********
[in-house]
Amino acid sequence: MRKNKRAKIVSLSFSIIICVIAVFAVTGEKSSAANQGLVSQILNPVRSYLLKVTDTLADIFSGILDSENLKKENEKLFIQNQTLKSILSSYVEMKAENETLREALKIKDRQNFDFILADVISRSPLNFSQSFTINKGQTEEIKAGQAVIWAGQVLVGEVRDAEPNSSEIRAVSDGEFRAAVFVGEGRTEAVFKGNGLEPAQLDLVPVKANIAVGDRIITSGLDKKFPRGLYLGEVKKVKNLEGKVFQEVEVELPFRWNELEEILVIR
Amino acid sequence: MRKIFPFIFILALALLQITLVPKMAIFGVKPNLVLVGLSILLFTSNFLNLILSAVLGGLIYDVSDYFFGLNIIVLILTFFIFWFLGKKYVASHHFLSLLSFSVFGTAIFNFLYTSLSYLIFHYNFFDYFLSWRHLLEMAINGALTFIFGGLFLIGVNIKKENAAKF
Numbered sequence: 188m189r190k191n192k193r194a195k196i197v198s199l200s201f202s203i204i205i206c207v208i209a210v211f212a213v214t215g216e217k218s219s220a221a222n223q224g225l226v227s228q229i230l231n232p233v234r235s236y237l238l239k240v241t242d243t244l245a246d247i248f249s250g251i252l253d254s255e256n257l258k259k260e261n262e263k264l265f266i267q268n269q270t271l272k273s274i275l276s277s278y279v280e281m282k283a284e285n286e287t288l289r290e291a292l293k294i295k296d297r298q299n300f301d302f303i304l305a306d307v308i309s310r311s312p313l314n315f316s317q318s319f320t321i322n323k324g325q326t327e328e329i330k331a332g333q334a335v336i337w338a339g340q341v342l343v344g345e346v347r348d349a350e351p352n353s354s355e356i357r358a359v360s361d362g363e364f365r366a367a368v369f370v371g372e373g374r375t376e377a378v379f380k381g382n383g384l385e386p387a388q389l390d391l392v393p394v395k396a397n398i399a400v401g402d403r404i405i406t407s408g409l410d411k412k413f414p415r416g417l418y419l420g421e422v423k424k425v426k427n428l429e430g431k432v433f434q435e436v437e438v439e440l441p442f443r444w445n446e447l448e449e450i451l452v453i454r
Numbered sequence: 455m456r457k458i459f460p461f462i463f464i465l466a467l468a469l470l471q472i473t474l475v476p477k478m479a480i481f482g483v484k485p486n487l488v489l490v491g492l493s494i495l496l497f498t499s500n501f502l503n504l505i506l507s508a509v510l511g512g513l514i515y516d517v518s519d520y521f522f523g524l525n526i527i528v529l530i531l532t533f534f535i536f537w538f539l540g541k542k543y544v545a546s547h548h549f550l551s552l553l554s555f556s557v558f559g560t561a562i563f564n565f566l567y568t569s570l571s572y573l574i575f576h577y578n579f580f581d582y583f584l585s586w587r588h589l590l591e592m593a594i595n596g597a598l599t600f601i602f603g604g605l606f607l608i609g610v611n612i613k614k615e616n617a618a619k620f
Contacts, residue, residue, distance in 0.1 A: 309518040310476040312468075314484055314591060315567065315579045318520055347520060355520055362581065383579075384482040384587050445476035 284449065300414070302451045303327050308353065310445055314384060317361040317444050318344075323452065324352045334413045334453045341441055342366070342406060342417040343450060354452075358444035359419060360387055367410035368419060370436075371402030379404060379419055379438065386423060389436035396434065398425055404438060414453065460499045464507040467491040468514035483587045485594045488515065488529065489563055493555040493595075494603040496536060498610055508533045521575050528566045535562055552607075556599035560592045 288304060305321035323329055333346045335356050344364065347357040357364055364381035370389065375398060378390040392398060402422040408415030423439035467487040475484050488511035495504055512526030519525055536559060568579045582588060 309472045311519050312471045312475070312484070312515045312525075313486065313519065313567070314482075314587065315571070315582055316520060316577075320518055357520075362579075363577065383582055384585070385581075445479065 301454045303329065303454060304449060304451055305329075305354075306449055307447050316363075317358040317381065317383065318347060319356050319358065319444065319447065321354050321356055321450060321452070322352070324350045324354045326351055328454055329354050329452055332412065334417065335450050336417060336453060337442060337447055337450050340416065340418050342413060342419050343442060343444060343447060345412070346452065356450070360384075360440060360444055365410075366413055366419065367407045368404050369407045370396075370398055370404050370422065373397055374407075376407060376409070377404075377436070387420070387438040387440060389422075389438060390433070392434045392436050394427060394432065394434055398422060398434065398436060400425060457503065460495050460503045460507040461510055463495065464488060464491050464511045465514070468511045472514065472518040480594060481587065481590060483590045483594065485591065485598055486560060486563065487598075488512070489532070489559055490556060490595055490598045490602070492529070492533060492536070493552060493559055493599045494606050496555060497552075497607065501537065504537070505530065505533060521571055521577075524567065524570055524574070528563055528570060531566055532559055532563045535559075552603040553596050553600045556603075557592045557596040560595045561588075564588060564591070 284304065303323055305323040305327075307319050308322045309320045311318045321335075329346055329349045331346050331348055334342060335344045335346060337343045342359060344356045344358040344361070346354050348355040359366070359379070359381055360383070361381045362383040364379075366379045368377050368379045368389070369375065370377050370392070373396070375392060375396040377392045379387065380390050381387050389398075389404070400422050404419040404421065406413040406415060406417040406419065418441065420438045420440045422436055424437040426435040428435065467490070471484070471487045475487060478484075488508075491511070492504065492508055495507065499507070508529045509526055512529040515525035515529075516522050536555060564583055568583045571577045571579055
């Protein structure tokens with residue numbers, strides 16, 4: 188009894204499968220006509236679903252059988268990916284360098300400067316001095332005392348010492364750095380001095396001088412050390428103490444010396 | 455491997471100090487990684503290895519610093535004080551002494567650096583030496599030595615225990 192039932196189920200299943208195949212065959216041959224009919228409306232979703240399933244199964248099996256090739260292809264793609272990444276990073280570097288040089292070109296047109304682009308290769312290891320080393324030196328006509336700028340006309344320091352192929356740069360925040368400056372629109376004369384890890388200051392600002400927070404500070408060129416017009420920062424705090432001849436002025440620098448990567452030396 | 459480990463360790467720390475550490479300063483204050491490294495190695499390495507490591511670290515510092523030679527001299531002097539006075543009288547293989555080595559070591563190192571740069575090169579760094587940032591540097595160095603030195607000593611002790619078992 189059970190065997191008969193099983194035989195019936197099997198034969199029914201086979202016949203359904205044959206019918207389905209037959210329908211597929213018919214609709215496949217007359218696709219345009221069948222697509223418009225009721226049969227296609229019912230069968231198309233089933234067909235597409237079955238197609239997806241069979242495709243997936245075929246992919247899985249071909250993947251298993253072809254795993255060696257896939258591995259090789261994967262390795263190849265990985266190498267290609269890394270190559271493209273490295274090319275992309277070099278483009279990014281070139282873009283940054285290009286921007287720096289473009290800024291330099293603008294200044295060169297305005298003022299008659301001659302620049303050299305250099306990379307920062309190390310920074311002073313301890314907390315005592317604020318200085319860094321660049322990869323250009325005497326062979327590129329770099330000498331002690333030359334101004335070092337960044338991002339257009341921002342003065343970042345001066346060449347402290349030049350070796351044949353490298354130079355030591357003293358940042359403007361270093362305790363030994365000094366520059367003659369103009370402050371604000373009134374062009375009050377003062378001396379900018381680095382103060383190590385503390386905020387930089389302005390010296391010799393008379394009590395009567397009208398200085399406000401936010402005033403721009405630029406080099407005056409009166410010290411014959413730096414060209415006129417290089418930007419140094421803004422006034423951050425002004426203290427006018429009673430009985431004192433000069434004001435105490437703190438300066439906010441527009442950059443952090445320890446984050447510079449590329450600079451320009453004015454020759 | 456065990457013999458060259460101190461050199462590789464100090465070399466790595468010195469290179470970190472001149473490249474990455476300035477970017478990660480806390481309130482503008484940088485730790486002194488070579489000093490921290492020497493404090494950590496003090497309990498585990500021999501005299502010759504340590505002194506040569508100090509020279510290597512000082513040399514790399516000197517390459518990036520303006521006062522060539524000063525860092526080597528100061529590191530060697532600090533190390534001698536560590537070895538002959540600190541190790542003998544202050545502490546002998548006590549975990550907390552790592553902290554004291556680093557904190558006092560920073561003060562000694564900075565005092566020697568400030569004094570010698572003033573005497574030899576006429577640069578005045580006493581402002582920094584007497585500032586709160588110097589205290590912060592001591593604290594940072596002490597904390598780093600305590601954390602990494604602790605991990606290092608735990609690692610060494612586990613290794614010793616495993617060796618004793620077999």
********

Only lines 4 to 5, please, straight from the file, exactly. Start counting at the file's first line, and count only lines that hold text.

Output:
Numbered sequence: 188m189r190k191n192k193r194a195k196i197v198s199l200s201f202s203i204i205i206c207v208i209a210v211f212a213v214t215g216e217k218s219s220a221a222n223q224g225l226v227s228q229i230l231n232p233v234r235s236y237l238l239k240v241t242d243t244l245a246d247i248f249s250g251i252l253d254s255e256n257l258k259k260e261n262e263k264l265f266i267q268n269q270t271l272k273s274i275l276s277s278y279v280e281m282k283a284e285n286e287t288l289r290e291a292l293k294i295k296d297r298q299n300f301d302f303i304l305a306d307v308i309s310r311s312p313l314n315f316s317q318s319f320t321i322n323k324g325q326t327e328e329i330k331a332g333q334a335v336i337w338a339g340q341v342l343v344g345e346v347r348d349a350e351p352n353s354s355e356i357r358a359v360s361d362g363e364f365r366a367a368v369f370v371g372e373g374r375t376e377a378v379f380k381g382n383g384l385e386p387a388q389l390d391l392v393p394v395k396a397n398i399a400v401g402d403r404i405i406t407s408g409l410d411k412k413f414p415r416g417l418y419l420g421e422v423k424k425v426k427n428l429e430g431k432v433f434q435e436v437e438v439e440l441p442f443r444w445n446e447l448e449e450i451l452v453i454r
Numbered sequence: 455m456r457k458i459f460p461f462i463f464i465l466a467l468a469l470l471q472i473t474l475v476p477k478m479a480i481f482g483v484k485p486n487l488v489l490v491g492l493s494i495l496l497f498t499s500n501f502l503n504l505i506l507s508a509v510l511g512g513l514i515y516d517v518s519d520y521f522f523g524l525n526i527i528v529l530i531l532t533f534f535i536f537w538f539l540g541k542k543y544v545a546s547h548h549f550l551s552l553l554s555f556s557v558f559g560t561a562i563f564n565f566l567y568t569s570l571s572y573l574i575f576h577y578n579f580f581d582y583f584l585s586w587r588h589l590l591e592m593a594i595n596g597a598l599t600f601i602f603g604g605l606f607l608i609g610v611n612i613k614k615e616n617a618a619k620f